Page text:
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The Hidden Cost of Growth Hacks

David Sherry
2 min read

Hello from the other side. I'm East of San Bernadino today in the mountains, with tea and a window view of fog and sunlight heating the frozen mountainside.

There are no clear resolutions or goals for me, rather deeper dedication and commitments. One of which I hope to illustrate below, as you have the same choices as me to make.

This post is about what you will do with this microphone sitting in front of you.
The opportunity to speak, share and connect is constant. In your home, on social media, with your friends, on a stage, in the workplace...

And your voice, when you find it, has its own unique tenor.

It's own frequency that others are changing the channel in search of.

And sometimes that sharing causes us to sync. This is what a community is. We're synced up on the same airwaves, and it's started by someone who stands up and speaks first.
But this airspace, especially as of late, has become combative, and noisy.

In the race to the bottom for holding our attention, many choose to use this microphone not for expression and connection, but for power, dominance, and conversion.

It is easy to see how quickly those putting out media that is intentionally inflammatory are gaining a "voice."

That trolling, controversial claims for their own sake, or manipulated brands that act to be something they are not are getting attention.

These growth hacks do "work" in that they garner views and attention.

And so the tendency is to want to join them...

But silencing your uniqueness to replicate the status quo is mediocrity.

And the downside of fast growth hacks, quick hits, and shortcuts for views using these tactics is this:

You end up attracting people you don’t care for, missing the opportunity to find those you do.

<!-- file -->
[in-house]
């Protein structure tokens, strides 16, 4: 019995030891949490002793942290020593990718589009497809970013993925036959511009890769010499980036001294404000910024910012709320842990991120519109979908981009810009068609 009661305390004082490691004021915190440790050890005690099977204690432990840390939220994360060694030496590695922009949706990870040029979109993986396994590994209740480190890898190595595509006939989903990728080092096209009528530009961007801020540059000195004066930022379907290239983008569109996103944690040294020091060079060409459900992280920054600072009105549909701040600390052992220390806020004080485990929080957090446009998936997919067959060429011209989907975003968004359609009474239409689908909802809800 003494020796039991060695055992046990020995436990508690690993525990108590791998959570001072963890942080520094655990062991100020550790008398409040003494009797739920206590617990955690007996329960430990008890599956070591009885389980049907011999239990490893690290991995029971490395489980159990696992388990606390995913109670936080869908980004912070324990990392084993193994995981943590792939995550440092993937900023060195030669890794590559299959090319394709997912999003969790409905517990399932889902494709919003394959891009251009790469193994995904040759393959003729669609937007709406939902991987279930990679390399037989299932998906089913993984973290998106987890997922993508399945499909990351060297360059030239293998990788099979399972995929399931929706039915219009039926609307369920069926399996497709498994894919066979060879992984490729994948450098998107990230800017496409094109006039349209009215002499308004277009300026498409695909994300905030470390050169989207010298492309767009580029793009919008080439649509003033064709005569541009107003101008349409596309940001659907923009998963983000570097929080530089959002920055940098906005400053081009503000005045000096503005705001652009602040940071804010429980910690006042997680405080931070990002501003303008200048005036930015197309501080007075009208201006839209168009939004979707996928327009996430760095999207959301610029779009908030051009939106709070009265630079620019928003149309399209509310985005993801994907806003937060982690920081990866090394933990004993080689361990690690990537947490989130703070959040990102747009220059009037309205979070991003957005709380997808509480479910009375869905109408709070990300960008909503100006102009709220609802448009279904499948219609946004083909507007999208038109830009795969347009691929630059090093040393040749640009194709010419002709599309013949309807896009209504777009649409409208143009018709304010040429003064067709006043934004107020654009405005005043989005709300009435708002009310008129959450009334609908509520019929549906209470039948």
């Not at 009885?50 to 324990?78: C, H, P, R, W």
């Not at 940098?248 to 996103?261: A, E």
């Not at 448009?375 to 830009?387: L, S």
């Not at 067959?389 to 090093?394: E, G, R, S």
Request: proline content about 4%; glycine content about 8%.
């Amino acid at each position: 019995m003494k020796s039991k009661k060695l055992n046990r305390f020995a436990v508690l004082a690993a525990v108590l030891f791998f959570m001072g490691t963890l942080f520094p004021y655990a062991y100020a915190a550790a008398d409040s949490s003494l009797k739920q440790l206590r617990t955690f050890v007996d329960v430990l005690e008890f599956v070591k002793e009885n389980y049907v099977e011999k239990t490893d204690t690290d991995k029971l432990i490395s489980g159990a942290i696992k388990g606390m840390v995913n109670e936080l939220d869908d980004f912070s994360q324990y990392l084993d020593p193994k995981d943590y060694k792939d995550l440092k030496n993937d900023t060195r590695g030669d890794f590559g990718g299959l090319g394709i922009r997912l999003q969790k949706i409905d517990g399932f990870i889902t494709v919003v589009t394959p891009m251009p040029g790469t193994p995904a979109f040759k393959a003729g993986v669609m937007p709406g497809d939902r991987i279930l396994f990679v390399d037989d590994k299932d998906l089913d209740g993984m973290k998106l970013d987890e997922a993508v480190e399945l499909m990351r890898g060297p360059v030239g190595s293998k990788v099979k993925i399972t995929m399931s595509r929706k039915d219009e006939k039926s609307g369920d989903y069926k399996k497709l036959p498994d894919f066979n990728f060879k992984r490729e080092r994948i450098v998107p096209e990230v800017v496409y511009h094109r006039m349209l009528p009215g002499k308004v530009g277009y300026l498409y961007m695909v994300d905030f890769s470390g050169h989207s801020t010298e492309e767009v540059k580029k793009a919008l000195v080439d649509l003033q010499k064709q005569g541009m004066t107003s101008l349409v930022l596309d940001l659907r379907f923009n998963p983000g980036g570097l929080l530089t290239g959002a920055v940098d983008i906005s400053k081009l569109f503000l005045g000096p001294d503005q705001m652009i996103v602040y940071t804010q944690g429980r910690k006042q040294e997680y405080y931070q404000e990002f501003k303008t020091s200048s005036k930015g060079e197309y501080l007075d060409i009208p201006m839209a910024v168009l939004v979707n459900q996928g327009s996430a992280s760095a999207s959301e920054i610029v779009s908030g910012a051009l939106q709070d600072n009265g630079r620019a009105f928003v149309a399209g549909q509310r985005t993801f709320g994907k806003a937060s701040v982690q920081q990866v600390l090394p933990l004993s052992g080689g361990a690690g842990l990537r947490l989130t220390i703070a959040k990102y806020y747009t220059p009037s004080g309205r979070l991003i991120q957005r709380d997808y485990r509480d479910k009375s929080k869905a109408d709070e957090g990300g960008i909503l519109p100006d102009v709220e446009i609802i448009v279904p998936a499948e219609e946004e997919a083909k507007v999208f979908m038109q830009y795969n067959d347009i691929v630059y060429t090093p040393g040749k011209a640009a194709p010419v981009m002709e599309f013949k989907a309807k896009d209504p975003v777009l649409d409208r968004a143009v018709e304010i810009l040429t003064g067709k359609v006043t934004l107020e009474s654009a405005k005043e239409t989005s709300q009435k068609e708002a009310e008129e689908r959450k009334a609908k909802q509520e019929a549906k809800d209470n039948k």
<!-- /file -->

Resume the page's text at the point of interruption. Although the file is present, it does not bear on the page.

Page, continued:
You make content you don’t care about, doing work that doesn't push you to your personal edge.

And you miss the opportunity to build a product of substance, spending your focus on replicated tactics for conversion.

To be clear, sales, marketing, and data are not bad words.

Rather in my world, they are meant to help fuel a fountain from the microphone of a brand that springs such that people can't help but pay attention to or opt-in. It's using empathy and creativity with your microphone to find the others who care, and connect them.

And I admit, I have not always stayed on course.

I have not always respected or understood my opportunity with the microphone I've been given.

I work in an industry (media/brands/community) where many people are looking to others to know what to do next.

And when I speak with brands, I sometimes feel like an outsider. Because that possibility of what you can do next is exactly your opportunity. And it's one that can be filled by something new that only you can bring.

My direction, which I have chosen to pursue for better or for worse is to build community and products that attract the right people, and win on substance, relationships and idiosyncrasy.

So what's your direction? What's your boundary? What are you after?

There is no right and wrong here.

But it is something to decide for yourself, so as to not waste time and opportunity moving toward what you want.

I've chosen mine.

You don't need to compete when you've found your own voice.

Because at that point, the only thing others can do is... copy you.

Or join you.

xx David